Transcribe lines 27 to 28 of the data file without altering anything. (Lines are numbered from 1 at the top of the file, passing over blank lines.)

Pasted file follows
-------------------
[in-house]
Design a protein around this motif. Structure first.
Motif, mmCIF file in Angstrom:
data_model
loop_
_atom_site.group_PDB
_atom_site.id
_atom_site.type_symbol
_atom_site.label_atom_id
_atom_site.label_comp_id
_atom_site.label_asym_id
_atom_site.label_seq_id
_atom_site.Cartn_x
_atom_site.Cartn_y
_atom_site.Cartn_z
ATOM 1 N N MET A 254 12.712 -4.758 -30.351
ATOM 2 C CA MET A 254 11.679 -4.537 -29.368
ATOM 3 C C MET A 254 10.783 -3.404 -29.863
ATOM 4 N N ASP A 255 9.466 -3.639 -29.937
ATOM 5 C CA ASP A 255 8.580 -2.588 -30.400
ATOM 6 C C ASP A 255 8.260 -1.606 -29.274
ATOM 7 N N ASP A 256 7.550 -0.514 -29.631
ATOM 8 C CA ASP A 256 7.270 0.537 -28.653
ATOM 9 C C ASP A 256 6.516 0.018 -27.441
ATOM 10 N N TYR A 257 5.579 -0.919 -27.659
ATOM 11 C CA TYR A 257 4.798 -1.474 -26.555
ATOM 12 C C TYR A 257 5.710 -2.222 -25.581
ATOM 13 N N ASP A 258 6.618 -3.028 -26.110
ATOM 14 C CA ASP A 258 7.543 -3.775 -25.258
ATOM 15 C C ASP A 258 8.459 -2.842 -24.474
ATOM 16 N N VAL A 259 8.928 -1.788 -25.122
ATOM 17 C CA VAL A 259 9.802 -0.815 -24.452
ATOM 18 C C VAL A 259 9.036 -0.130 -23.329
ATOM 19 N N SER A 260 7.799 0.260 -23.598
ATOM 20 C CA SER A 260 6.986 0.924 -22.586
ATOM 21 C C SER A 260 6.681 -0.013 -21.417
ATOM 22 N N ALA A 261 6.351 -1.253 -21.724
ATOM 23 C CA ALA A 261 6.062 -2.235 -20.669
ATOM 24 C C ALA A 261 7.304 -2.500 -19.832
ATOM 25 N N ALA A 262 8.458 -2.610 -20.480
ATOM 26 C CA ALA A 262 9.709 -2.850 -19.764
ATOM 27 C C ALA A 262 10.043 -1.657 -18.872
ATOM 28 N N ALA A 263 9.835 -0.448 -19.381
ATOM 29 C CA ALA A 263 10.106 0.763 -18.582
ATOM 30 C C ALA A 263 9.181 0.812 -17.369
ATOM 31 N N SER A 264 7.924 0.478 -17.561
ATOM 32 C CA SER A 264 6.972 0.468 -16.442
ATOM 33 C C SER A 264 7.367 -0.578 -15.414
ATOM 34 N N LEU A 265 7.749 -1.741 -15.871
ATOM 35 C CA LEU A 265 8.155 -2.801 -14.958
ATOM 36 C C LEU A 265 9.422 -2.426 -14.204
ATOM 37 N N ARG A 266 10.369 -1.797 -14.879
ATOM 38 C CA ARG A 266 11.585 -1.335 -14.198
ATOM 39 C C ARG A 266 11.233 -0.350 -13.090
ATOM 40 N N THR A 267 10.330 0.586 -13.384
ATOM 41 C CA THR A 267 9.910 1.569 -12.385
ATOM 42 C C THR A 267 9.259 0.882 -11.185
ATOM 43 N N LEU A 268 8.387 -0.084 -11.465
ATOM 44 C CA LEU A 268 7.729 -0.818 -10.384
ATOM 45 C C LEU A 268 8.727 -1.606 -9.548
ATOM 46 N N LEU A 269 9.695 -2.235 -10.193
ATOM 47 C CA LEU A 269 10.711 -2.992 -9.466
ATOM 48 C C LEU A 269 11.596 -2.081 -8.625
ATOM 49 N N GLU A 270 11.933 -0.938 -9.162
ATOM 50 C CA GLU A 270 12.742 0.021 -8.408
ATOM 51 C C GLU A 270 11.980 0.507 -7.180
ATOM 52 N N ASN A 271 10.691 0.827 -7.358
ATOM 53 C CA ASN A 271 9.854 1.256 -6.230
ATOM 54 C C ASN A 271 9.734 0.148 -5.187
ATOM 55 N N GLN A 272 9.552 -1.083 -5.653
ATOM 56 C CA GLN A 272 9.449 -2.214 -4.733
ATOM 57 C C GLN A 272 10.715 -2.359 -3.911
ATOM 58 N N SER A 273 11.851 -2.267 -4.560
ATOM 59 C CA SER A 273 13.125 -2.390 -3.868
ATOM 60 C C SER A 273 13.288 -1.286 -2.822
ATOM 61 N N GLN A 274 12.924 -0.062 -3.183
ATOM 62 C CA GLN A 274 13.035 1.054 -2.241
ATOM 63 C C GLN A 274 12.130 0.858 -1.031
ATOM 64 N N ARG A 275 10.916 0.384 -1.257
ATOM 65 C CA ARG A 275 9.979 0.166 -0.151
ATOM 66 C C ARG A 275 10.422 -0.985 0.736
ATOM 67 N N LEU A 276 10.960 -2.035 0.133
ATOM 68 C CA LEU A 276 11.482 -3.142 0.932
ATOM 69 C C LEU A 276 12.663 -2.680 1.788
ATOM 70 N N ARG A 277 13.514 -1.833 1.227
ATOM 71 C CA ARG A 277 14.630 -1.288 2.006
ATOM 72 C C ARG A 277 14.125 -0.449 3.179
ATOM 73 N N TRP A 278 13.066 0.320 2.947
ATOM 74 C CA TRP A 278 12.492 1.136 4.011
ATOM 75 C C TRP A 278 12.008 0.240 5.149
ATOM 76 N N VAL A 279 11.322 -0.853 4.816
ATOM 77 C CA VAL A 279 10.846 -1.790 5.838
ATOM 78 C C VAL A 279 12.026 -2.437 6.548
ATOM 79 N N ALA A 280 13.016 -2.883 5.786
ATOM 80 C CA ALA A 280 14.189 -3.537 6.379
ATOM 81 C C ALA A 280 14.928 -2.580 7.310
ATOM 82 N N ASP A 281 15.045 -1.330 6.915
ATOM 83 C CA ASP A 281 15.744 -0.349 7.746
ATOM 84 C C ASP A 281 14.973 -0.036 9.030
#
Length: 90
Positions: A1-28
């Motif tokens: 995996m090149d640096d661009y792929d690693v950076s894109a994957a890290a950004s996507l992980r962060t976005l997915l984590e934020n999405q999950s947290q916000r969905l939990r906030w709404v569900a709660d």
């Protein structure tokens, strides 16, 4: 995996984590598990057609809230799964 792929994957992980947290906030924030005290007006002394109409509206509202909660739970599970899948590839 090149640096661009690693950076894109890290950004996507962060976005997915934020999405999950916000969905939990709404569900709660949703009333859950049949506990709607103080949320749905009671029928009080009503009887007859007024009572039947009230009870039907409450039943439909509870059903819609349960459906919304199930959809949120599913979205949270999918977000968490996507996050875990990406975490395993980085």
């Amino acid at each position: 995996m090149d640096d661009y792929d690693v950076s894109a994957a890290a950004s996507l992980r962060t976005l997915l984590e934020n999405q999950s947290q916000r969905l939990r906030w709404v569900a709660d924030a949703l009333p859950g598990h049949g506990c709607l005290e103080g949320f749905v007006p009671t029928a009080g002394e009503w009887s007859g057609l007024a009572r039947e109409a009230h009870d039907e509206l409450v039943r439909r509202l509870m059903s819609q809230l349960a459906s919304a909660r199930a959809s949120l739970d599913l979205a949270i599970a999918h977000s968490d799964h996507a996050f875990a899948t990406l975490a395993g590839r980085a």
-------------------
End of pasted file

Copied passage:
ATOM 12 C C TYR A 257 5.710 -2.222 -25.581
ATOM 13 N N ASP A 258 6.618 -3.028 -26.110